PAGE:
Powell Field hosts different kind of air show

October 10, 2004|STEPHEN BURNETT

JUNCTION CITY - The Edge 540 aerobatic plane skimmed across the overcast sky, dived low over the runway, then lifted again with its nose straight up. Then, with seemingly little effort, it stopped there, vertical in space, and hovered like a helicopter, dangling under its own spinning propeller.

"The guy flying it is Dan Bailey," said pilot Keith Hollifield, watching from the ground. "He's been a pilot for quite a number of years."

The two pilots were among more 40 model plane enthusiasts who turned out Saturday morning for the small-scale air show at Powell Field in Junction City. The demonstrations continue today.

Most of the flyers are from Kentucky, but some came from Tennessee and Ohio, said event coordinator Lew McFarland.

"It's a sport as well as a hobby, which is more sophisticated than the average person thinks," McFarland said. "Yet it's affordable and the equipment is cheaper than it was 10 or 20 years ago."


McFarland, who owns a model airplane shop in Lexington, described himself as "a retired pharmacist who's an airplane nut." He's been fooling with model planes since he was a teenager.

Bailey, a Toyota assembly worker from Georgetown, said he's been flying for 12 to 13 years.

"I've always had a thing for engines," Bailey explained later. "I was riding my motorcycle past an airfield, saw some planes in the sky, stopped and started talking to some fellows. They kind of drug me into the situation after I realized how much horsepower those little bitty motors can make."

Bailey's plane was "36 percent the size of the regular," Hollifield said. "Probably going to have a wingspan of 100 inches.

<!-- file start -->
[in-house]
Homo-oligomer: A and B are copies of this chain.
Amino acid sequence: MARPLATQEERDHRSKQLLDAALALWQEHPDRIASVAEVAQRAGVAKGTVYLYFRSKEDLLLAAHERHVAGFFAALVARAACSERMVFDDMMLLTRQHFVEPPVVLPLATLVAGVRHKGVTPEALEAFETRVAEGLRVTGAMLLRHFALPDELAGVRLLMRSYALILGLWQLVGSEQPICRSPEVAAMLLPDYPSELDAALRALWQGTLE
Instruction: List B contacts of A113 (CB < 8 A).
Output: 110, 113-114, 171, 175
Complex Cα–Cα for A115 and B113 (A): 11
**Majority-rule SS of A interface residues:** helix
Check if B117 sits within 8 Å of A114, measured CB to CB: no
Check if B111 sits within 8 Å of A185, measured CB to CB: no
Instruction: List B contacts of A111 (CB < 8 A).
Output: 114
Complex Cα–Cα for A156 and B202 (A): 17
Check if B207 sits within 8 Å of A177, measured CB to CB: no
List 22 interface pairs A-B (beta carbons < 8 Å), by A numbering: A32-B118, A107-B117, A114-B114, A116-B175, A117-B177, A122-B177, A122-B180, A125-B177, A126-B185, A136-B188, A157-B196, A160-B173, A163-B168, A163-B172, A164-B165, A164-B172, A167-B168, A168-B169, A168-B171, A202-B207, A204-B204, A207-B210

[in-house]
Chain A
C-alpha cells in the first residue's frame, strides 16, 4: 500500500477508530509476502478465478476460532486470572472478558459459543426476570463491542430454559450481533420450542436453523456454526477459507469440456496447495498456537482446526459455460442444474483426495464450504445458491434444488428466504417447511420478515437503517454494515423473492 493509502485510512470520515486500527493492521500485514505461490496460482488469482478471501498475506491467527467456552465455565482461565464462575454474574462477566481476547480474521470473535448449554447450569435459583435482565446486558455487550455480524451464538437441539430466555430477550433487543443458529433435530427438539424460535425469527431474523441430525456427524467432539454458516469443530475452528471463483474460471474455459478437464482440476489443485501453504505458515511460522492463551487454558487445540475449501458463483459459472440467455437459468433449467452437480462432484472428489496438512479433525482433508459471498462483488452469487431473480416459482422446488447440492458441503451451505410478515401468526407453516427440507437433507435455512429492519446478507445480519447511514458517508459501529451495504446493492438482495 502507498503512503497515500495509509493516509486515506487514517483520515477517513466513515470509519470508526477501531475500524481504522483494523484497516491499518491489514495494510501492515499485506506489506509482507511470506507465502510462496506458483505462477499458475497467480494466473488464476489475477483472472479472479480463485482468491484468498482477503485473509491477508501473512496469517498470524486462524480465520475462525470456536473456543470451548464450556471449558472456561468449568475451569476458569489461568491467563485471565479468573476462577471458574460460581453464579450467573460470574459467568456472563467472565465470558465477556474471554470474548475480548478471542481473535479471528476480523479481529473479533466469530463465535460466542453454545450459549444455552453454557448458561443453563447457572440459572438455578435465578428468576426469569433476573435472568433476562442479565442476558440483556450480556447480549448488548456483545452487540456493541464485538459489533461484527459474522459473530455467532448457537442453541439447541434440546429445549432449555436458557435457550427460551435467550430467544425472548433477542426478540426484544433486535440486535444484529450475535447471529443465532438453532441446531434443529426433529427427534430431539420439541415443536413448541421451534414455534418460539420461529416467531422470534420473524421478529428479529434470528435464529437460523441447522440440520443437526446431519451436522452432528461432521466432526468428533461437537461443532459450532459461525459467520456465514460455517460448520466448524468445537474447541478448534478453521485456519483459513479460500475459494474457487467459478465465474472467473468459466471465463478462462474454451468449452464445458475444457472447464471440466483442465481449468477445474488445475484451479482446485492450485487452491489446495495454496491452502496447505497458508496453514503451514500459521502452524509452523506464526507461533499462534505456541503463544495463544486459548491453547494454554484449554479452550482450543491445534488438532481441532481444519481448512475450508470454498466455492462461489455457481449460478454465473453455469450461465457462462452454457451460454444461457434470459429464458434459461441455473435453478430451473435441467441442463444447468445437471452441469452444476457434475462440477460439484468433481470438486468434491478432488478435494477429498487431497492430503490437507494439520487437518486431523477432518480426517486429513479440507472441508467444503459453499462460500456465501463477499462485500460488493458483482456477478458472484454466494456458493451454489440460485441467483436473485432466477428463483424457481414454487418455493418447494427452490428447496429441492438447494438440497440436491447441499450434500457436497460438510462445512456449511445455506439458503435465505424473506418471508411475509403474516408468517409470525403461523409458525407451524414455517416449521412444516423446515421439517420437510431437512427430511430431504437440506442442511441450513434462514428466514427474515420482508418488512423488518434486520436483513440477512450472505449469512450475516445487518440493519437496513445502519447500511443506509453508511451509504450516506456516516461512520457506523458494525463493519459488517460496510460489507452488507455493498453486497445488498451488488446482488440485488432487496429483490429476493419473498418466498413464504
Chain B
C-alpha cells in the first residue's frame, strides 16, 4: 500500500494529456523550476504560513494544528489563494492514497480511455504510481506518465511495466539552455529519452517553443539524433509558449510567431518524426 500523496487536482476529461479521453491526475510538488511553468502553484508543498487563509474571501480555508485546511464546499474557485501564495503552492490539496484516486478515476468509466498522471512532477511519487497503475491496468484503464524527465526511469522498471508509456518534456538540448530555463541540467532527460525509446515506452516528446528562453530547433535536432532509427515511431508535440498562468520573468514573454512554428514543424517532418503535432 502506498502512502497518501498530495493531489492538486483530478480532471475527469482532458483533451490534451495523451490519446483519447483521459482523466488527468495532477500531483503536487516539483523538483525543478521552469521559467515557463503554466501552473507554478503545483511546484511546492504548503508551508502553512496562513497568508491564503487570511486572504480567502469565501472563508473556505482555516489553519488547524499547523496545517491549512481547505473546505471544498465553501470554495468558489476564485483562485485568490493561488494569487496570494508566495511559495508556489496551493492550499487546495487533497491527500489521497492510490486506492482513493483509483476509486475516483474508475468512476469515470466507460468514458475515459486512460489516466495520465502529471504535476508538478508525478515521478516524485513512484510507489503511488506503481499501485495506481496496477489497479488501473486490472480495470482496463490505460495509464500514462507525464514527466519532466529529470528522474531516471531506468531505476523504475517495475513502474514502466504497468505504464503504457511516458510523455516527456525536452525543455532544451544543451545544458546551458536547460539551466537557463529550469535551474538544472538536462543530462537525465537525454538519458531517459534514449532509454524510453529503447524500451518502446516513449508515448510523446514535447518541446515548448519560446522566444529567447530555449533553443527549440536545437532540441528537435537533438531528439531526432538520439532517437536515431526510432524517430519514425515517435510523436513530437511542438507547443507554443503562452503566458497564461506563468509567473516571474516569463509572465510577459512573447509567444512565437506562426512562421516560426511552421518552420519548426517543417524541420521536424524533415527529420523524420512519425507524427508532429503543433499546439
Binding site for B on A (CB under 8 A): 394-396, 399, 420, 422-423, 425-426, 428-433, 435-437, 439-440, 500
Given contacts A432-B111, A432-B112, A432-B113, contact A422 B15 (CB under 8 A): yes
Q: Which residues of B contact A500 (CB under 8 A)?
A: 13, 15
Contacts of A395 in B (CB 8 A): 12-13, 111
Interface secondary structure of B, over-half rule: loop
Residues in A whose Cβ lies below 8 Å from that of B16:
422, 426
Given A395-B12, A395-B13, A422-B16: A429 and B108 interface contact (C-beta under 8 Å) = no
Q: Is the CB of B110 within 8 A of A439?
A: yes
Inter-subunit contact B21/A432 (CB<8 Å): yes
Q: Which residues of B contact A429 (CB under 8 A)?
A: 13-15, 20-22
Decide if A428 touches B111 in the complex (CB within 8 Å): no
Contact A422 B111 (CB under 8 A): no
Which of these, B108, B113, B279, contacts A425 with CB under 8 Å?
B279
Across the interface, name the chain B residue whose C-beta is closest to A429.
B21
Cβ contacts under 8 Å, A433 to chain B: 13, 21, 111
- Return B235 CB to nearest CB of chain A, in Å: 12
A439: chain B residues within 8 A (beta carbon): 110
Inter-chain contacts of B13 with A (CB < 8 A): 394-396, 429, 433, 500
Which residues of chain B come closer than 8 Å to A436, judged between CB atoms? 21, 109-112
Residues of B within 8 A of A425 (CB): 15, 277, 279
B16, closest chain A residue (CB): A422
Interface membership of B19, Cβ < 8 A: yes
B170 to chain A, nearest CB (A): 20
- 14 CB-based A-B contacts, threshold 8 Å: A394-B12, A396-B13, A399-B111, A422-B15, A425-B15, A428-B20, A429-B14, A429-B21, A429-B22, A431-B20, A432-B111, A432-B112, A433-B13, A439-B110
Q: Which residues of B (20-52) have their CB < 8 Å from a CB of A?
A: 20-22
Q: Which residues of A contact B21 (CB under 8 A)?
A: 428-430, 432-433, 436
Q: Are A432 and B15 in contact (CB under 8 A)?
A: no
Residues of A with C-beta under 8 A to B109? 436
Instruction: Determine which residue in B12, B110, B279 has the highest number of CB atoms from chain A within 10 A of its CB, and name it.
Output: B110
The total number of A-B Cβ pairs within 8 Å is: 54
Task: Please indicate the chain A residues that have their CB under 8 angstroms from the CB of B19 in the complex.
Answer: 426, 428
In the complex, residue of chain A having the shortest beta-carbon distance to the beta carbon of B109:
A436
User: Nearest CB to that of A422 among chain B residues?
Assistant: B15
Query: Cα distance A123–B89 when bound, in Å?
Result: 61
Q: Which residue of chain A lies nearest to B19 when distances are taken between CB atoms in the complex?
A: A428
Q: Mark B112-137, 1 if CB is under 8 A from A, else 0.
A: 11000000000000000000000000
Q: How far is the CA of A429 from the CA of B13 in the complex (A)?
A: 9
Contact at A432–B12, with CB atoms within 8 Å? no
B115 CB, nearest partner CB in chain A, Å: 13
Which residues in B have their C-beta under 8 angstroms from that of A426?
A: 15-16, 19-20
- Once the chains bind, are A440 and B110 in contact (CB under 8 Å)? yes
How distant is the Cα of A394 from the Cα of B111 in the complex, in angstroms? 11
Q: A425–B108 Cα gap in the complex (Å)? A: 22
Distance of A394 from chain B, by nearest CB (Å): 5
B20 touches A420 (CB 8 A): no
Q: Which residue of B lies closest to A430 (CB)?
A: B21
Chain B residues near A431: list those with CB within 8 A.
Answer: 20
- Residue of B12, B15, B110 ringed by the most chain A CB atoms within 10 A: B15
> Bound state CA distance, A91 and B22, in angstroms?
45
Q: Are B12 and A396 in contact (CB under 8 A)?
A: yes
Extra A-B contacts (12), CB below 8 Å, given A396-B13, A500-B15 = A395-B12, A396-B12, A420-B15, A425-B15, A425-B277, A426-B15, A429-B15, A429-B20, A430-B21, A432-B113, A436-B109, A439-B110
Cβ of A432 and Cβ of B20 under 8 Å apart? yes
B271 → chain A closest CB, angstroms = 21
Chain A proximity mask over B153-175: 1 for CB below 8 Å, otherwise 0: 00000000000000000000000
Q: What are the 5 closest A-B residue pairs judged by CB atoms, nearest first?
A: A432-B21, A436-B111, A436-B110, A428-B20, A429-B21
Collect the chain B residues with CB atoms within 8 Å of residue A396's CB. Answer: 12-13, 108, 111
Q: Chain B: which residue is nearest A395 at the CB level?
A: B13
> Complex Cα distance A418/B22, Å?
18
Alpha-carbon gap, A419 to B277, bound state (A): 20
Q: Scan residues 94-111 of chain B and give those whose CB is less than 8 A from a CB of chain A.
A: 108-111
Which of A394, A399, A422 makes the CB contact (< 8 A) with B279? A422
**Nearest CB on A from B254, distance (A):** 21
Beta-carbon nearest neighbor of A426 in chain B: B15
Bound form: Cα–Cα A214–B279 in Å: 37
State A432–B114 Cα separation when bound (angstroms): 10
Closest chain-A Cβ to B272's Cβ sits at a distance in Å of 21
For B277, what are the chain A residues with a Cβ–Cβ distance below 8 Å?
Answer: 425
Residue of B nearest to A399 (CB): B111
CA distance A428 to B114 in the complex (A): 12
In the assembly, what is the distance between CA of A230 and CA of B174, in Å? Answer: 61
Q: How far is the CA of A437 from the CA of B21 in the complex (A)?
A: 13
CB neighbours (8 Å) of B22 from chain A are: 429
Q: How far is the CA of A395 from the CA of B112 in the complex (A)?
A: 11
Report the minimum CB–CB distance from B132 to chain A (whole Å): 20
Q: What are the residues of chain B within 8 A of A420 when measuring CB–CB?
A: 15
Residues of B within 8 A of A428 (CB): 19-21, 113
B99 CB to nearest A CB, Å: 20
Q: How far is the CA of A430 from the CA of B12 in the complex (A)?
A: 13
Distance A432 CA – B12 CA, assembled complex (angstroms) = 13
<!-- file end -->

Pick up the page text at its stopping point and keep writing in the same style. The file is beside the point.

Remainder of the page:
"I've been flying models for about 11 years, and I've been part of the Lexington Model Airplane Club for that amount of time," he said. "This is the third year we've done the show down here in Danville."

This year's visit was no accident

John and Gisela Zedack were two of the spectators who came out to the airport to watch the pilots play, making a return visit after stumbling upon last year's display by accident.

Gisela Zedack said. "We drove down this road and we seen them things fly around," Gisela Zedack said. "But this year we read it in the paper and we decided to come watch it for a while."

One model plane buzzed high above the runway and its pilot released a parachuted figure, who drifted down just like the real thing to a touchdown on the grass, a few yards from the pavement.

"It was amazing," Gisela Zedack said. "And we couldn't understand how he got so close, and we didn't know whether he was going to land in another field or close by, and he did.

"It's really interesting," she said. "And they put a lot of work in it, you can see that. And how high they go!"

Her husband added, "There's a lot of money involved in those. Those aren't just Wal-Mart specials."

Bailey acknowledged the hobby takes a lot of work.

"It took years of beating my head against the wall to learn how to do this," he said. "I'm kind of one of the more stubborn-type people, I guess. I had help with about the first six to eight flights, and then after that I tried to teach myself without further getting some experienced modeling help - and tore up a few airplanes."

He said his first model lasted four flights.

"Then, total destruction," he said. "And it was a four-month project to build ... four months of work for four ten-minute flights doesn't quite equal out.

"It's part of the bad part of the hobby, though. You're going to have it crash here or there. You just do all your maintenance to try to prevent every incident that you can from going wrong."

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